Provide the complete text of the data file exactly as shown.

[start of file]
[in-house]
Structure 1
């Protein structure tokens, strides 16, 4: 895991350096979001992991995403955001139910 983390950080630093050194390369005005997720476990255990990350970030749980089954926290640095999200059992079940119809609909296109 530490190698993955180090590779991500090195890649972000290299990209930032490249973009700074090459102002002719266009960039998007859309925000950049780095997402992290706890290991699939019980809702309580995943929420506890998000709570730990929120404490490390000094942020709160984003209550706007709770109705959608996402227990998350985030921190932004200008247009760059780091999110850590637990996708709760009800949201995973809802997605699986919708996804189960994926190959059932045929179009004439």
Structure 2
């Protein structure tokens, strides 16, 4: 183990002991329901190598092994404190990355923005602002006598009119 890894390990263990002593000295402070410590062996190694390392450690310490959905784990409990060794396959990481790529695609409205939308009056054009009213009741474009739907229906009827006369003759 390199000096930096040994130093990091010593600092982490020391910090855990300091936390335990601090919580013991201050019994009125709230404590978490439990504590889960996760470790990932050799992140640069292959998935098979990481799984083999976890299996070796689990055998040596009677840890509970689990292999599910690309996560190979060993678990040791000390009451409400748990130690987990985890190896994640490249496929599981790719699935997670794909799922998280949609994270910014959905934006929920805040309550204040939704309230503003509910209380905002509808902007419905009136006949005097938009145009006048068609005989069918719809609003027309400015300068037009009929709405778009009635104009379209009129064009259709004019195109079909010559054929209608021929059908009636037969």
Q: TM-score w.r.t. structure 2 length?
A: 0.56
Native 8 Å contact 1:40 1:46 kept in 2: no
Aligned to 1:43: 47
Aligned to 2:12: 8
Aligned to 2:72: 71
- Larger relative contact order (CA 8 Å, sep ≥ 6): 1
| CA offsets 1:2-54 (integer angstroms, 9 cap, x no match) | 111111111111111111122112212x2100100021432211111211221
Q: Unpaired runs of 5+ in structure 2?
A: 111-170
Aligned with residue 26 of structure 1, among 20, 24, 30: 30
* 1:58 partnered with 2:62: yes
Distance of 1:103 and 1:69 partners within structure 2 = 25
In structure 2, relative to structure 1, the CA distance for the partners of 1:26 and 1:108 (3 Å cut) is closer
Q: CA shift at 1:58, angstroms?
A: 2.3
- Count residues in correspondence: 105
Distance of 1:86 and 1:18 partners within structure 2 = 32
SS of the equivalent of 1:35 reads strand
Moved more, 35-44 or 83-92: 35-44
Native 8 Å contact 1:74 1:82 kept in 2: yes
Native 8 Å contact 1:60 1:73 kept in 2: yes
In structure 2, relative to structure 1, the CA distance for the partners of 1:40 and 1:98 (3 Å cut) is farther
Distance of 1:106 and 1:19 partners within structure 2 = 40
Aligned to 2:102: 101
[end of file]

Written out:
[in-house]
Structure 1
């Protein structure tokens, strides 16, 4: 895991350096979001992991995403955001139910 983390950080630093050194390369005005997720476990255990990350970030749980089954926290640095999200059992079940119809609909296109 530490190698993955180090590779991500090195890649972000290299990209930032490249973009700074090459102002002719266009960039998007859309925000950049780095997402992290706890290991699939019980809702309580995943929420506890998000709570730990929120404490490390000094942020709160984003209550706007709770109705959608996402227990998350985030921190932004200008247009760059780091999110850590637990996708709760009800949201995973809802997605699986919708996804189960994926190959059932045929179009004439």
Structure 2
């Protein structure tokens, strides 16, 4: 183990002991329901190598092994404190990355923005602002006598009119 890894390990263990002593000295402070410590062996190694390392450690310490959905784990409990060794396959990481790529695609409205939308009056054009009213009741474009739907229906009827006369003759 390199000096930096040994130093990091010593600092982490020391910090855990300091936390335990601090919580013991201050019994009125709230404590978490439990504590889960996760470790990932050799992140640069292959998935098979990481799984083999976890299996070796689990055998040596009677840890509970689990292999599910690309996560190979060993678990040791000390009451409400748990130690987990985890190896994640490249496929599981790719699935997670794909799922998280949609994270910014959905934006929920805040309550204040939704309230503003509910209380905002509808902007419905009136006949005097938009145009006048068609005989069918719809609003027309400015300068037009009929709405778009009635104009379209009129064009259709004019195109079909010559054929209608021929059908009636037969």
Q: TM-score w.r.t. structure 2 length?
A: 0.56
Native 8 Å contact 1:40 1:46 kept in 2: no
Aligned to 1:43: 47
Aligned to 2:12: 8
Aligned to 2:72: 71
- Larger relative contact order (CA 8 Å, sep ≥ 6): 1
| CA offsets 1:2-54 (integer angstroms, 9 cap, x no match) | 111111111111111111122112212x2100100021432211111211221
Q: Unpaired runs of 5+ in structure 2?
A: 111-170
Aligned with residue 26 of structure 1, among 20, 24, 30: 30
* 1:58 partnered with 2:62: yes
Distance of 1:103 and 1:69 partners within structure 2 = 25
In structure 2, relative to structure 1, the CA distance for the partners of 1:26 and 1:108 (3 Å cut) is closer
Q: CA shift at 1:58, angstroms?
A: 2.3
- Count residues in correspondence: 105
Distance of 1:86 and 1:18 partners within structure 2 = 32
SS of the equivalent of 1:35 reads strand
Moved more, 35-44 or 83-92: 35-44
Native 8 Å contact 1:74 1:82 kept in 2: yes
Native 8 Å contact 1:60 1:73 kept in 2: yes
In structure 2, relative to structure 1, the CA distance for the partners of 1:40 and 1:98 (3 Å cut) is farther
Distance of 1:106 and 1:19 partners within structure 2 = 40
Aligned to 2:102: 101